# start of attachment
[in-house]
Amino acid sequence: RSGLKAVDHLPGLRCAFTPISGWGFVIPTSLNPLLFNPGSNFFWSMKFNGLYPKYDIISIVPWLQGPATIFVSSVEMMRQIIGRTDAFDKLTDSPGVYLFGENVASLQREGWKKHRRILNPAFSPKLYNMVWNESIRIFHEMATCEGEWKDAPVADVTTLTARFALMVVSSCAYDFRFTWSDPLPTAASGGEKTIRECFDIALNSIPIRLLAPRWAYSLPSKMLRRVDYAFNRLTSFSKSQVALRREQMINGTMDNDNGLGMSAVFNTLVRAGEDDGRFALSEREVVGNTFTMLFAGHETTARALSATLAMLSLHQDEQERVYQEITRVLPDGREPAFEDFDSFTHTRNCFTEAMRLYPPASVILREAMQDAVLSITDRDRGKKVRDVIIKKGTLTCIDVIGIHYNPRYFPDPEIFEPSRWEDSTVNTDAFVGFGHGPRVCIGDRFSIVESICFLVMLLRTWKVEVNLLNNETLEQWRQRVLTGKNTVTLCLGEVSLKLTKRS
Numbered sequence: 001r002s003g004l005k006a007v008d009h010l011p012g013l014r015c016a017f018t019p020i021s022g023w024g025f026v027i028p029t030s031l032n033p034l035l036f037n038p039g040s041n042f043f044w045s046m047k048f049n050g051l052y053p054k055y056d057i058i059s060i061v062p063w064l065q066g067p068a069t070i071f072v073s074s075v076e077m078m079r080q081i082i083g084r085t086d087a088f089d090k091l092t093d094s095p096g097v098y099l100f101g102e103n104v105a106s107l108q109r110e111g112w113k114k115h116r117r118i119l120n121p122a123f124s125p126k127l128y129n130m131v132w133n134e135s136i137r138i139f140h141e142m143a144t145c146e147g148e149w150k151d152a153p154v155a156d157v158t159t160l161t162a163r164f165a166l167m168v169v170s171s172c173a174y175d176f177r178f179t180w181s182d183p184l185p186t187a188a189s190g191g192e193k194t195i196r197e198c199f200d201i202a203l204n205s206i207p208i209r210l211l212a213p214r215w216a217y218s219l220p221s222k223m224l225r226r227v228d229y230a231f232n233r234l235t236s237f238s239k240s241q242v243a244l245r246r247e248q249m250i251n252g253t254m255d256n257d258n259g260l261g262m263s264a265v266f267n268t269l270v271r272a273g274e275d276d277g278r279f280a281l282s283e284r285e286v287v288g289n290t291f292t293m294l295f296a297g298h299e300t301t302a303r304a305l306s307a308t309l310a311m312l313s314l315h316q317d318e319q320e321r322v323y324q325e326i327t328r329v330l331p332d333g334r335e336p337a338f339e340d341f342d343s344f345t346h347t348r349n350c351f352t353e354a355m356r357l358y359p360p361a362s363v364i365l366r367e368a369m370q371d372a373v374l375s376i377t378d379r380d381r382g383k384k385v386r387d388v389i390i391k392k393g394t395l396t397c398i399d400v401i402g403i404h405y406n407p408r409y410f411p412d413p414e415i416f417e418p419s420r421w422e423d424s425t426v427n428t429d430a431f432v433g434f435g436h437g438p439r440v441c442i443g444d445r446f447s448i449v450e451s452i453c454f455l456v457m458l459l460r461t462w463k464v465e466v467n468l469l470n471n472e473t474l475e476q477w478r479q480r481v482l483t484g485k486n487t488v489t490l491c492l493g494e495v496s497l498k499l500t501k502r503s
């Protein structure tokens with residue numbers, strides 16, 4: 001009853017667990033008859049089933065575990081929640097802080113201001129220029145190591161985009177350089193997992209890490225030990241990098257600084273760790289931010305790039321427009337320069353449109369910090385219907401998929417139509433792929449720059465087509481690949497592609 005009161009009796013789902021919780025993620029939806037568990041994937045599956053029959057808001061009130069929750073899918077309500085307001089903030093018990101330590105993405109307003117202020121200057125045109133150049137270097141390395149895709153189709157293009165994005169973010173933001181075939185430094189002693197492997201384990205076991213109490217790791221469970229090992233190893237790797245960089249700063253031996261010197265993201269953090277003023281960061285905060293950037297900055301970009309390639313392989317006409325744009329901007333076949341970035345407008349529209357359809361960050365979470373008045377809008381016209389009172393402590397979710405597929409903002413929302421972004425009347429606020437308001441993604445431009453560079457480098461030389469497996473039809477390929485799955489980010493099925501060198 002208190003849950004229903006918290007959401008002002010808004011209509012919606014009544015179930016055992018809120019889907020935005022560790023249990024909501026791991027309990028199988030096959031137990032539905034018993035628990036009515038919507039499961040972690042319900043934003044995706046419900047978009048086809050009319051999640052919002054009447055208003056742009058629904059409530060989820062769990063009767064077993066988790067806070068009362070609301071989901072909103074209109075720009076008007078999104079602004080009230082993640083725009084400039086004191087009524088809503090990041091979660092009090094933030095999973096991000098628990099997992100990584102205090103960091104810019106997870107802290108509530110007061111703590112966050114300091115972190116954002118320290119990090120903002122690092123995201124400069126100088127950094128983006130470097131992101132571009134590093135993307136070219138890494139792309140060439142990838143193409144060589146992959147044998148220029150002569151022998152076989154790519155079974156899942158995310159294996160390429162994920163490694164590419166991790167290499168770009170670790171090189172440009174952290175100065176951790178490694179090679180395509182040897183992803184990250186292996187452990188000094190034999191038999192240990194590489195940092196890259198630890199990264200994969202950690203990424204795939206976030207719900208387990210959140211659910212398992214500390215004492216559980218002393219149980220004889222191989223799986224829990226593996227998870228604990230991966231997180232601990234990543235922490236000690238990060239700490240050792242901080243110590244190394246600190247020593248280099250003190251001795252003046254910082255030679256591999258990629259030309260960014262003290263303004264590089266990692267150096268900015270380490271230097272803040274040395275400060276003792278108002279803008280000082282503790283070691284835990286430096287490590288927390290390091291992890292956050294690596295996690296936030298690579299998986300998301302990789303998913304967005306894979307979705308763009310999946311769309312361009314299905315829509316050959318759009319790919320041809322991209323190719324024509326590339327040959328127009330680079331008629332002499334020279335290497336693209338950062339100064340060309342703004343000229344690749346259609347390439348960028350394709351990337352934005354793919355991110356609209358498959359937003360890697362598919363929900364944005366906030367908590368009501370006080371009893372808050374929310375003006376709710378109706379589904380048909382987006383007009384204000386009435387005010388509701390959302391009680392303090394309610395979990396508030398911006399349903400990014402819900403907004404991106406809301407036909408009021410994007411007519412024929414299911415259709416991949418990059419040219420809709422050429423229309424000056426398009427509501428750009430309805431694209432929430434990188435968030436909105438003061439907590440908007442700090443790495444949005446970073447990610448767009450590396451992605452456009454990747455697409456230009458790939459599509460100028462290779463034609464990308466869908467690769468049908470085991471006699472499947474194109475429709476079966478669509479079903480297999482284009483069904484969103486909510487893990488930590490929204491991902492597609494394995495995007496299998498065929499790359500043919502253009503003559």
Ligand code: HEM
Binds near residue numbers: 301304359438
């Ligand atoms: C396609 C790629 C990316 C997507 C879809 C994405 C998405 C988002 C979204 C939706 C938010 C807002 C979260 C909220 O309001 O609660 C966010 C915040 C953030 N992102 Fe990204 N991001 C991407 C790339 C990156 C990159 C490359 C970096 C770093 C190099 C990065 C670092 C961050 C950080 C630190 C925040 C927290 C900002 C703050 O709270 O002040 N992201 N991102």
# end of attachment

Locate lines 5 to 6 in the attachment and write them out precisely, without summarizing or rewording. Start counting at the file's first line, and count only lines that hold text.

Ligand code: HEM
Binds near residue numbers: 301304359438